By BEN WALKER, The Associated Press
NEW YORK (AP) -- Wobbling the whole way, a people-pleasing Pekingese made quite a walk down the green carpet at Madison Square Garden.
A Dalmatian and a German shepherd were in more of a hurry to win at America's most prestigious dog show.
Malachy the Peke drew cheers that grew louder with every tiny step Monday night and repeated as the top toy at the Westminster Kennel Club event. Pink tongue peeking out from his black face, he beat a prize affenpinscher called Banana Joe in a most competitive group.
"He doesn't run. He has a dignified Pekingese gait," handler David Fitzpatrick said.
Malachy also has 114 best in show ribbons on his resume, and is aiming to add this title. His early work done here, he rested on a cool pack after competing.
A lively Dalmatian with black spectacle markings around his eyes took the nonsporting group. In well over 101 years, no Dalmatian has ever won Westminster's top honor.
"That's what they just told me," handler Michael Scott said.
Captain Crunch the German shepherd romped to victory in the herding group. Handled by old pro James Moses, his champion attracted ample applause, as German shepherds always do at the Garden.
"The crowd really had him up," Moses said. "He handles the carpet well."
A wire-haired dachshund called Cinders led the hounds, then wanted to sit rather than stand for her victory picture.
"She's a clown," handler Cheri Koppenhaver said.
More than 2,000 entries in 185 breeds and varieties were at the 136th Westminster. The best in show will be chosen Tuesday evening.
Still to come: a wire fox terrier who won the National show and a standard poodle who took the Eukanuba event. There's also a black cocker spaniel who was the No. 1 show dog last year - he's named Beckham, maybe a good omen since a 12-story ad featuring soccer star David Beckham posing in his underwear is painted on a building that overlooks the Garden.
Beckham the dog, by the way, beat out Malachy as the country's top-winning show dog in 2011.
Oh, and a Valentine's Day treat on tap, too: A couple from Washington state with a Tibetan mastiff plans to hold their wedding among all the pooches.
Breed winners included a chow chow co-owned by Martha Stewart and a xoloitzcuintli called Giorgio Armani, a nice start for the alphabetically challenged contestant during Fashion Week in New York City.
A Brussels griffon named Tina Fey, a barking petits bassets griffons vendeen and a sprightly Chihuahua were among the fan favorites. Also getting noticed was a Manchester toy terrier, a breed that can live to be 20 years old.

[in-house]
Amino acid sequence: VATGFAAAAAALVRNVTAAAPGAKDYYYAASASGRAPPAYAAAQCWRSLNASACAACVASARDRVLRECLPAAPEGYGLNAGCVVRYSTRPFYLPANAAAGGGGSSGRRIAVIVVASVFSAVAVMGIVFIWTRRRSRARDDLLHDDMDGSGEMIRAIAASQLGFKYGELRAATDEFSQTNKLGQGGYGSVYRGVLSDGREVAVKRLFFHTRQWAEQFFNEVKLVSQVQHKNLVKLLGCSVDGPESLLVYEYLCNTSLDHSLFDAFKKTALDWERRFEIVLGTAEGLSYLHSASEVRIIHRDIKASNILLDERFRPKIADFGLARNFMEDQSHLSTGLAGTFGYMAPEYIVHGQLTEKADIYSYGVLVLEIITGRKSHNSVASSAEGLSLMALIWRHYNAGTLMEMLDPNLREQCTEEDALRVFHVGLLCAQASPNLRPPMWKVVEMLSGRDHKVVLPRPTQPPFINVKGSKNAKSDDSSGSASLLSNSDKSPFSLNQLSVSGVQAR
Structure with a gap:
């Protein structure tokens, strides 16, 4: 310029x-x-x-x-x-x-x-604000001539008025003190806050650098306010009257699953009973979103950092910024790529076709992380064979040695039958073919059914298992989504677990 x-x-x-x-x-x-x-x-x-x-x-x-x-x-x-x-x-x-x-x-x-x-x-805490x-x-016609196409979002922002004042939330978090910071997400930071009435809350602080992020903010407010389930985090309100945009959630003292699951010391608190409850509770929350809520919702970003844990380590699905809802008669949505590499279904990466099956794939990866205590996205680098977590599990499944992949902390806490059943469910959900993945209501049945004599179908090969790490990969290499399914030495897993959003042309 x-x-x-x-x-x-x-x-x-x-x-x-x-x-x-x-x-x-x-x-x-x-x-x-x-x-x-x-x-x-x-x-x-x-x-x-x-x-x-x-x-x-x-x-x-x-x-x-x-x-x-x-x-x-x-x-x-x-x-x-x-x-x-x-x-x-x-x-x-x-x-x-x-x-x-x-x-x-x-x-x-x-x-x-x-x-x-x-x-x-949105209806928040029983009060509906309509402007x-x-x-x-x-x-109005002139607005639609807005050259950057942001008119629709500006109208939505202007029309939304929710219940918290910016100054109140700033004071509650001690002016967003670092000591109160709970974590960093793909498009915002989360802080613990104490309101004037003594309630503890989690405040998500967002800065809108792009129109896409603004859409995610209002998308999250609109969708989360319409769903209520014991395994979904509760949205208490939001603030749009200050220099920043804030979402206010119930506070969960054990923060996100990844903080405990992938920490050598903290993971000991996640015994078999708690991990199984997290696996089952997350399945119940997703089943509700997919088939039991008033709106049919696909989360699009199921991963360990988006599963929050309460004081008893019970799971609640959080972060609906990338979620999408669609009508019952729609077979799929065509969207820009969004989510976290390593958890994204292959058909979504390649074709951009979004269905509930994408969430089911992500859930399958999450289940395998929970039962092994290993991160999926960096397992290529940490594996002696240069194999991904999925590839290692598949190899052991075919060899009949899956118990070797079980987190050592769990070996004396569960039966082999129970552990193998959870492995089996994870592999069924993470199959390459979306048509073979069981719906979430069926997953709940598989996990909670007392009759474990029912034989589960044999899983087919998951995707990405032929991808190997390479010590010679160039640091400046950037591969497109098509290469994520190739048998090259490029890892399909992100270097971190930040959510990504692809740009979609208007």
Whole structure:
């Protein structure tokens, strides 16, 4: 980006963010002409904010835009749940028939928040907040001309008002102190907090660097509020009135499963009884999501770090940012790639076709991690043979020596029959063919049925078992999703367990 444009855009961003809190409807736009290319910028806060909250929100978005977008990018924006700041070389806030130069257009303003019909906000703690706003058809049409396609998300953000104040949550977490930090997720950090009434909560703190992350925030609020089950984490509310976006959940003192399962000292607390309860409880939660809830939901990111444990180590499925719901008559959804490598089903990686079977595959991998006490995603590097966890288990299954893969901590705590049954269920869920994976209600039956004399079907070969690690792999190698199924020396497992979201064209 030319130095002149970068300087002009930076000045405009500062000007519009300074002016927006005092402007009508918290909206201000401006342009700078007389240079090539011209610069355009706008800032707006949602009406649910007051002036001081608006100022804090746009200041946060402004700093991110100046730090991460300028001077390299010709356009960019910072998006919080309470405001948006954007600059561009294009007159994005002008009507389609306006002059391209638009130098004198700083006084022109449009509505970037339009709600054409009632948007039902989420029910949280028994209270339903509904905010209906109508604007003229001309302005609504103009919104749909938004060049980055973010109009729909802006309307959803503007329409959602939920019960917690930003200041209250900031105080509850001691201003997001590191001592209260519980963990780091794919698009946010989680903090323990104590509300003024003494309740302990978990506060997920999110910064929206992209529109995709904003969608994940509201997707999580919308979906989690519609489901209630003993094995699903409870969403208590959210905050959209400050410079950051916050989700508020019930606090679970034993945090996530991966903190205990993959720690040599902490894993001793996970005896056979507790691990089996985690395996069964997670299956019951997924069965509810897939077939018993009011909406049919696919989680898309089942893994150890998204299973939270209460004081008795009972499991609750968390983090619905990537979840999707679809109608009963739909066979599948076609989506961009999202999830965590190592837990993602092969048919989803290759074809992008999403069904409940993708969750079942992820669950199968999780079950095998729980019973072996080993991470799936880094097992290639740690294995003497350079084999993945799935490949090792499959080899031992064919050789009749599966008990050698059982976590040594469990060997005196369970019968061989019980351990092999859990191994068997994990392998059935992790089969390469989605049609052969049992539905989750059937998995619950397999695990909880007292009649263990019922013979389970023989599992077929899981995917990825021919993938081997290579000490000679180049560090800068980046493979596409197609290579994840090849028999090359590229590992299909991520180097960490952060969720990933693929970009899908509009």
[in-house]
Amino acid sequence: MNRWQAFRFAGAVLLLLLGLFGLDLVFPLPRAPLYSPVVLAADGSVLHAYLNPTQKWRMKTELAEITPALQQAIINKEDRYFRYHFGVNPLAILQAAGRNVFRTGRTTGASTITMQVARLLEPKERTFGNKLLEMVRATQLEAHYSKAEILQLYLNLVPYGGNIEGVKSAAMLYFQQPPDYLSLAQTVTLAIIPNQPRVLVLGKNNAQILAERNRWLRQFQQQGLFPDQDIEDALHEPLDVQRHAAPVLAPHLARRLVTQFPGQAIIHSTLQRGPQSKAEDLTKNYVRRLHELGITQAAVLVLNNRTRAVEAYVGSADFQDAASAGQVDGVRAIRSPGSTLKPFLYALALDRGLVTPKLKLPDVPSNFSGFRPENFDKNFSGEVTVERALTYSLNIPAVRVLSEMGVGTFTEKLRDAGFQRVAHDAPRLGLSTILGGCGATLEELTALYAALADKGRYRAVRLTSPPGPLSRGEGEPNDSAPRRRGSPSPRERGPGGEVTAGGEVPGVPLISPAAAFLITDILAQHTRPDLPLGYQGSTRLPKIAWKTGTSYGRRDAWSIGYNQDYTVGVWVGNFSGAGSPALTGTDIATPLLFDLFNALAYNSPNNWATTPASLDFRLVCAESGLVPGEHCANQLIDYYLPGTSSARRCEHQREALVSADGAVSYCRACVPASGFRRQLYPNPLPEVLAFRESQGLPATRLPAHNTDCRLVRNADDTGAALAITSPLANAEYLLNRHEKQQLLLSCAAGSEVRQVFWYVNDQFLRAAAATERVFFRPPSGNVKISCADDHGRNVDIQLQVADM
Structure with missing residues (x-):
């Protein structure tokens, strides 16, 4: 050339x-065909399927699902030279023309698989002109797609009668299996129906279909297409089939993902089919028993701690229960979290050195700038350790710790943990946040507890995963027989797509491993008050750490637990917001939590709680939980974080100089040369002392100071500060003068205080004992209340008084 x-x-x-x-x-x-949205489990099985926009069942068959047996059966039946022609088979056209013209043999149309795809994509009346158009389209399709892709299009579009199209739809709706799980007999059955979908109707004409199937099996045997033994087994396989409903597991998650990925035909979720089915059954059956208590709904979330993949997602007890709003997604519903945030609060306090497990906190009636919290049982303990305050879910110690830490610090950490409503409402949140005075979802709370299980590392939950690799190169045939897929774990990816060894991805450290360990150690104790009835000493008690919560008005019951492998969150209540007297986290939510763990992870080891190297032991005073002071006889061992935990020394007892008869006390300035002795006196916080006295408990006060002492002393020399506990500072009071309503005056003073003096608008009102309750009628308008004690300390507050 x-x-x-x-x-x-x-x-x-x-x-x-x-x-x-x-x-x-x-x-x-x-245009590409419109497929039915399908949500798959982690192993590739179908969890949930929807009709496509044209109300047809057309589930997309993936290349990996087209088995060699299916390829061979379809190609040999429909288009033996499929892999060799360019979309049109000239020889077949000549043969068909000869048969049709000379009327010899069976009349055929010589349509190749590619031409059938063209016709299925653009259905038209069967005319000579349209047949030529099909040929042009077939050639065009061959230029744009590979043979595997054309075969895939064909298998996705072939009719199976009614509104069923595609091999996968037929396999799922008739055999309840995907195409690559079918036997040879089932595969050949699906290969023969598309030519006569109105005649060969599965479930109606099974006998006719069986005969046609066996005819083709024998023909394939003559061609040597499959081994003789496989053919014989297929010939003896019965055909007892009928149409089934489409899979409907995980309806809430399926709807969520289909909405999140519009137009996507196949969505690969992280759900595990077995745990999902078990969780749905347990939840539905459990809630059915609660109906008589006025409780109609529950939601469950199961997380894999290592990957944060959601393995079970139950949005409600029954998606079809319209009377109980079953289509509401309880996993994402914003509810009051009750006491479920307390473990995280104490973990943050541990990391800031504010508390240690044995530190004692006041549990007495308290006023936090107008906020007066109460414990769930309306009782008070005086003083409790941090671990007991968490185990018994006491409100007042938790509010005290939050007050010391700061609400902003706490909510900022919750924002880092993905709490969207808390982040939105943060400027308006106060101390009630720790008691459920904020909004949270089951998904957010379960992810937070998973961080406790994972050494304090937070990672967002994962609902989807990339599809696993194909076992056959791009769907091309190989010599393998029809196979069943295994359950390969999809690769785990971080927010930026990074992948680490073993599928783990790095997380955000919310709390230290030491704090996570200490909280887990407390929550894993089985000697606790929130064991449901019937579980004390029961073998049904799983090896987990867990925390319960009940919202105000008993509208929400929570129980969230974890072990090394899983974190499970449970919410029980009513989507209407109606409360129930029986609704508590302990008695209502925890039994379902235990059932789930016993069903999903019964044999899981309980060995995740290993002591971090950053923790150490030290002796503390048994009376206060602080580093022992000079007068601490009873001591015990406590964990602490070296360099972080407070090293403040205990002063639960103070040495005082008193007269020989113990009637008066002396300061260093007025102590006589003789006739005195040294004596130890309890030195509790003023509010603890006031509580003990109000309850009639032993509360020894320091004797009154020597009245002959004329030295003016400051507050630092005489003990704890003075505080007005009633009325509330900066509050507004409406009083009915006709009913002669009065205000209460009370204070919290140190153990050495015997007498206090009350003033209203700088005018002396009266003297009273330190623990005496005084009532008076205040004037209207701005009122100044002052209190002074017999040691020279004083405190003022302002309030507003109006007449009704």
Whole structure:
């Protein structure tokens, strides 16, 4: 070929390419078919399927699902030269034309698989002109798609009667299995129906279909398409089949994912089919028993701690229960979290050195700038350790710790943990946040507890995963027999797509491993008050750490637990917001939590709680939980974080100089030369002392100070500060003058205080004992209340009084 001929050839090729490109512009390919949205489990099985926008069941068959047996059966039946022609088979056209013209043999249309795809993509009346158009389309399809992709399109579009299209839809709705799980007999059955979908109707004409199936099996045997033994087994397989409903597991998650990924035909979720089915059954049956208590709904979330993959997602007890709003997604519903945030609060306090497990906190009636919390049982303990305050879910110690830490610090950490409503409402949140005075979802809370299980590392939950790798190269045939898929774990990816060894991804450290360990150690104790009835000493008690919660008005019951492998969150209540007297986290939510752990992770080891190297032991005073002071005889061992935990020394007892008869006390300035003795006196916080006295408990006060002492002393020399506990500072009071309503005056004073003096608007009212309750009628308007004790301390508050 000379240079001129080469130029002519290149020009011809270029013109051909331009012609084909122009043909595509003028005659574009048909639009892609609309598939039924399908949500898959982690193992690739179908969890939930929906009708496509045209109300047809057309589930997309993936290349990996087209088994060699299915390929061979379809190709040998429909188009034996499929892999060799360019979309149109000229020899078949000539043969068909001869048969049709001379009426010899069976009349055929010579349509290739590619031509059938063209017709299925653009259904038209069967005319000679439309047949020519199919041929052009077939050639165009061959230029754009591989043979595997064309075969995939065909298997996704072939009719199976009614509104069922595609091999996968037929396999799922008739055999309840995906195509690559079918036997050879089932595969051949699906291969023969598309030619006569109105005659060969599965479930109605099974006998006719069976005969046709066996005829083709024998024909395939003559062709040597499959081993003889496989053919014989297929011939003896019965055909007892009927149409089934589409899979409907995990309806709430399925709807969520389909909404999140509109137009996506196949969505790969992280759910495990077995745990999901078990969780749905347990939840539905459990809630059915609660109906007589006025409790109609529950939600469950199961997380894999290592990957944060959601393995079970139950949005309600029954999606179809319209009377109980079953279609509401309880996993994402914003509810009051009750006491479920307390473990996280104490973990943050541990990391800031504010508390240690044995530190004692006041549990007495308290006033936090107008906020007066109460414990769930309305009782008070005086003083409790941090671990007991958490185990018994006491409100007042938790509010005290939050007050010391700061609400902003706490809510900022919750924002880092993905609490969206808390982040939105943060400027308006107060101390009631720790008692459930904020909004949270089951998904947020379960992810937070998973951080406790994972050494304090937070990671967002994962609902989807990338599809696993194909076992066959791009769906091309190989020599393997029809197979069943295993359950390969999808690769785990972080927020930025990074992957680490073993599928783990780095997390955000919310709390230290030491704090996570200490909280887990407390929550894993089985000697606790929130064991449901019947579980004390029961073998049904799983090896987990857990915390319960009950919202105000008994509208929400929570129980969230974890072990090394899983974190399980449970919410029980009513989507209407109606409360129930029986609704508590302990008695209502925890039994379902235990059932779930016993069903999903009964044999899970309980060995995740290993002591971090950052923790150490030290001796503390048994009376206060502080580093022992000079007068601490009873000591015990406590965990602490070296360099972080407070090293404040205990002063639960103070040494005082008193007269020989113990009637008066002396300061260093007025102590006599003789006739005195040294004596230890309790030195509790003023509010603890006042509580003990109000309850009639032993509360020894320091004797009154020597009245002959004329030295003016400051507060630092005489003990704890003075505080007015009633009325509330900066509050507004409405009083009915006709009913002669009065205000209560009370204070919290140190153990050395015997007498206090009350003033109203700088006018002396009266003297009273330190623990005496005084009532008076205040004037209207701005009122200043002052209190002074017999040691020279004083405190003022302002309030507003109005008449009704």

Banana Joe was among the top contenders to be standing in the coveted silver bowl at the end. Nearly 5, he was a big winner in Europe before coming to the United States.
Affens and Brussels griffons are related way back. They're similar in size and stature, but Banana Joe's handler, Ernesto Lara, drew a distinction.
"Griffons are wonderful dogs," he said. "Affenpinschers are wonderful people."
Celebrities are fairly common at Westminster - Glenn Close, Kristin Davis and Mary Tyler Moore have made appearances - and Stewart made her presence known with her dog called GK.
"Ghenghis Khan did it!" she tweeted. "Best of Breed at Westminster!!!! Big deal."
The xoloitzcuintli (shoh-loh-eets-KWEEN'-tlee), formerly known as the Mexican hairless, is among six new breeds at this year's show. They're called a "show low" (SHOH'-loh) for short and Giorgio Armani drew cheers from the fans crowded around the ring when he was picked as the best of his breed.
"They're wonderful, they're an ancient breed, it's like a best-kept secret," Lara said.
In a few years, there could be up to 240 breeds at Westminster. But there won't be a puggle, labradoodle or Maltipoo among them. A "designer dog" is more than OK for the White House - President Barack Obama and his family considered a labradoodle before getting a Portuguese water dog - but they're absent at the Garden.
To get to Westminster, a breed must meet American Kennel Club criteria - there has to be an ample population with a three-generation pedigree, a geographic spread of those dogs and a parent club to establish breed standards.
"All dogs are lovable," said the AKC's Lisa Peterson. "But a crossbreed is not a breed."